A two-hour lecture together with a related workshop session every week. Each session will be based on a specific chemical topic and related article from the journal ‘Education in Chemistry’.

In the Summer Term the 2 lecture hours are assigned as revision lectures.

Contact hours:
  Autumn Spring Summer
Lectures 20 2
Seminars 10
Guided independent study 30 38
Total hours by term 60.00 40.00
Total hours for module 100.00

Summative Assessment Methods:
Method Percentage
Written exam 60
Class test administered by School 40

Other information on summative assessment:
Students will attend workshops on the material covered in this module. Each topic will be supported by an accompanying article available on the associated Blackboard site. Students will consolidate each week’s lecture material by reading the related article and answering the questions embedded within. Short multiple choice tests will be carried out during workshops in the second half of the term. Attendance and performance at workshops will be monitored.

Relative percentage of coursework: Multiple choice tests: 40%

Formative assessment methods:
Students are given face to face feedback every week during workshops sessions. There are online quizzes on each topic on the associated Blackboard site which students can try every week. Students get feedback on their attempts at the quizzes. There are revision classes in the summer term with feedback on performance.

Penalties for late submission:

No coursework submission in this module.
The Module Convenor will apply the following penalties for work submitted late, in accordance with the University policy.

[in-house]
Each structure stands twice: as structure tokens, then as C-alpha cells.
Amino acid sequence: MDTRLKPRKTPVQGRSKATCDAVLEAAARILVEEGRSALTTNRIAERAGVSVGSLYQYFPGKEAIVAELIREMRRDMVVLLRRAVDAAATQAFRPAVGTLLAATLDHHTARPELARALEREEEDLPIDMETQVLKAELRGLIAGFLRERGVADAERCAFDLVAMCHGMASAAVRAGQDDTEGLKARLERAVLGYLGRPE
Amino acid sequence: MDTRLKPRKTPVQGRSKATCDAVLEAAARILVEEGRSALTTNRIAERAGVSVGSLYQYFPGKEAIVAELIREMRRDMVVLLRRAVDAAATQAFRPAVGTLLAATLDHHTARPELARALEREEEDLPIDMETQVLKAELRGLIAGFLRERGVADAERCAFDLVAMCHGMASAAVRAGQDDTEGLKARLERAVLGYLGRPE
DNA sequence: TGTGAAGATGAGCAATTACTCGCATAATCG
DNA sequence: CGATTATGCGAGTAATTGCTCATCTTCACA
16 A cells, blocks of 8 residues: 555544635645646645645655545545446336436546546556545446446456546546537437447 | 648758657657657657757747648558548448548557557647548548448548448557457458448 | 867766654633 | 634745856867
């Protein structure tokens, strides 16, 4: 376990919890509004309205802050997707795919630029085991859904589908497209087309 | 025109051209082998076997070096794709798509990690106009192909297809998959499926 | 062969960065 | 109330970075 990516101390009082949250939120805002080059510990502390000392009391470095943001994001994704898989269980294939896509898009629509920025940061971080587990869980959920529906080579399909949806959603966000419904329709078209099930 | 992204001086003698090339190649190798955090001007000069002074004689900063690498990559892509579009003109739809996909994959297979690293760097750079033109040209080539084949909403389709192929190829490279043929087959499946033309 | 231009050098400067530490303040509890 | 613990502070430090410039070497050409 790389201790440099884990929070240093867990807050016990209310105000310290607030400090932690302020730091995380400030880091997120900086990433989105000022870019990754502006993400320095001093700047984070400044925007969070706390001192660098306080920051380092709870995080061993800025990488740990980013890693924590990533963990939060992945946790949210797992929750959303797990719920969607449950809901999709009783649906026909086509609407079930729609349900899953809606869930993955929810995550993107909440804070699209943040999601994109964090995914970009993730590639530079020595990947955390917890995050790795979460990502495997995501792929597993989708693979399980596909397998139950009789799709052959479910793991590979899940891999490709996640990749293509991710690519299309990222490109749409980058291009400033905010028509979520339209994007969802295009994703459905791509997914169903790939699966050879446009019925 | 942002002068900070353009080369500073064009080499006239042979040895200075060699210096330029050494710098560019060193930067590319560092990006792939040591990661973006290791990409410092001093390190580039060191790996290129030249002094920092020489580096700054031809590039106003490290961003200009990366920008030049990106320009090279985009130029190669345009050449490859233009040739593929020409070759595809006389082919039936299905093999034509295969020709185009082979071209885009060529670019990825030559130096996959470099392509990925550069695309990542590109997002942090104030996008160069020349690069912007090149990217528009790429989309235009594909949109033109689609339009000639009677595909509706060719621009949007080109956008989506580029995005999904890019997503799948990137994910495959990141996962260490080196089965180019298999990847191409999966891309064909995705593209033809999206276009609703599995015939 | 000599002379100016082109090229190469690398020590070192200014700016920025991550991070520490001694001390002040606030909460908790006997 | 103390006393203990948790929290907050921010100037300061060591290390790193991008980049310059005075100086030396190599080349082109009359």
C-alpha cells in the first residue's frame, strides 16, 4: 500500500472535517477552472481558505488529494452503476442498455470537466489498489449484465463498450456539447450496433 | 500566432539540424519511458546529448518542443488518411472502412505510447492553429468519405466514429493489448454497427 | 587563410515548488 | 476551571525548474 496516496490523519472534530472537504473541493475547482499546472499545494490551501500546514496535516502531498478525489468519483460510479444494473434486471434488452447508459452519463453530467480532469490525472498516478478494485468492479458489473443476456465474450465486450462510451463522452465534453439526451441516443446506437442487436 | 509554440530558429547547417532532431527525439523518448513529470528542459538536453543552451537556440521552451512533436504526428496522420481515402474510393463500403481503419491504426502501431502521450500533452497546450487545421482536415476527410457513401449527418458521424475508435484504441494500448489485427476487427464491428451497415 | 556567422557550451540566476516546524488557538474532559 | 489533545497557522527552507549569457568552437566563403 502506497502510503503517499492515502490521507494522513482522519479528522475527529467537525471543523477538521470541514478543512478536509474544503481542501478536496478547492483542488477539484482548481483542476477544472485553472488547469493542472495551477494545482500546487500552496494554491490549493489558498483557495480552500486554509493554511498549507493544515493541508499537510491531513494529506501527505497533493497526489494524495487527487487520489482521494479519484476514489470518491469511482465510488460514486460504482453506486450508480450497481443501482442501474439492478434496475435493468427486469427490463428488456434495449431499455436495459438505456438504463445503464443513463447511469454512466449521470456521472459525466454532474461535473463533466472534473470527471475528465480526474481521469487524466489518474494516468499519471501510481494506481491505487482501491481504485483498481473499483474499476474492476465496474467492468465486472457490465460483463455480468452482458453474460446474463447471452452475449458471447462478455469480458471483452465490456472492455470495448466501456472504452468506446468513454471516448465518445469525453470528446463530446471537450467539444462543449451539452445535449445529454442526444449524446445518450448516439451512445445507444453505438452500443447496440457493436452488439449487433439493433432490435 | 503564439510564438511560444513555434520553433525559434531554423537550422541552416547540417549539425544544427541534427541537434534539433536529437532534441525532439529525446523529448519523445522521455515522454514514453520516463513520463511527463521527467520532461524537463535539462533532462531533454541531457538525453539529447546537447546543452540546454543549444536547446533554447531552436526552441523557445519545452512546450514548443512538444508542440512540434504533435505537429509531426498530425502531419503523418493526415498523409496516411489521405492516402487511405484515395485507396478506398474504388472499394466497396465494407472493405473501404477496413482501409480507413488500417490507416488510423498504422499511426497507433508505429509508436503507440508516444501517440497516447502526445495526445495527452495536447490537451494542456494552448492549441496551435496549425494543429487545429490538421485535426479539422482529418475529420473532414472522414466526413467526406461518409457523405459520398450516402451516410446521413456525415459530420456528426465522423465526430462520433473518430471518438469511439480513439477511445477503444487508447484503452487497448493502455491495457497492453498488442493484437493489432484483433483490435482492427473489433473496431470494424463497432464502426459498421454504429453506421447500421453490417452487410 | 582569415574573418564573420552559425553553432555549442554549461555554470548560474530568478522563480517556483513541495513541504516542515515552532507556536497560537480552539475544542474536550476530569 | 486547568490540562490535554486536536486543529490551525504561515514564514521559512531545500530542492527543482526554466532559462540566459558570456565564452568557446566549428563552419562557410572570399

• where the piece of work is submitted up to one calendar week after the original deadline (or any formally agreed extension to the deadline): 10% of the total marks available for the piece of work will be deducted from the mark for each working day (or part thereof) following the deadline up to a total of five working days;
  • where the piece of work is submitted more than five working days after the original deadline (or any formally agreed extension to the deadline): a mark of zero will be recorded.

  • The University policy statement on penalties for late submission can be found at:
    You are strongly advised to ensure that coursework is submitted by the relevant deadline. You should note that it is advisable to submit work in an unfinished state rather than to fail to submit any work.

    Length of examination:
    1.5 hrs

    Requirements for a pass:
    A mark of 40% overall.

    Reassessment arrangements:
    Reassessment will be held in August and will be by examination only worth 100%.

    Additional Costs (specified where applicable):
    1) Required text books:
    2) Specialist equipment or materials:
    3) Specialist clothing, footwear or headgear:
    4) Printing and binding:
    5) Computers and devices with a particular specification:
    6) Travel, accommodation and subsistence:

    Last updated: 21 December 2016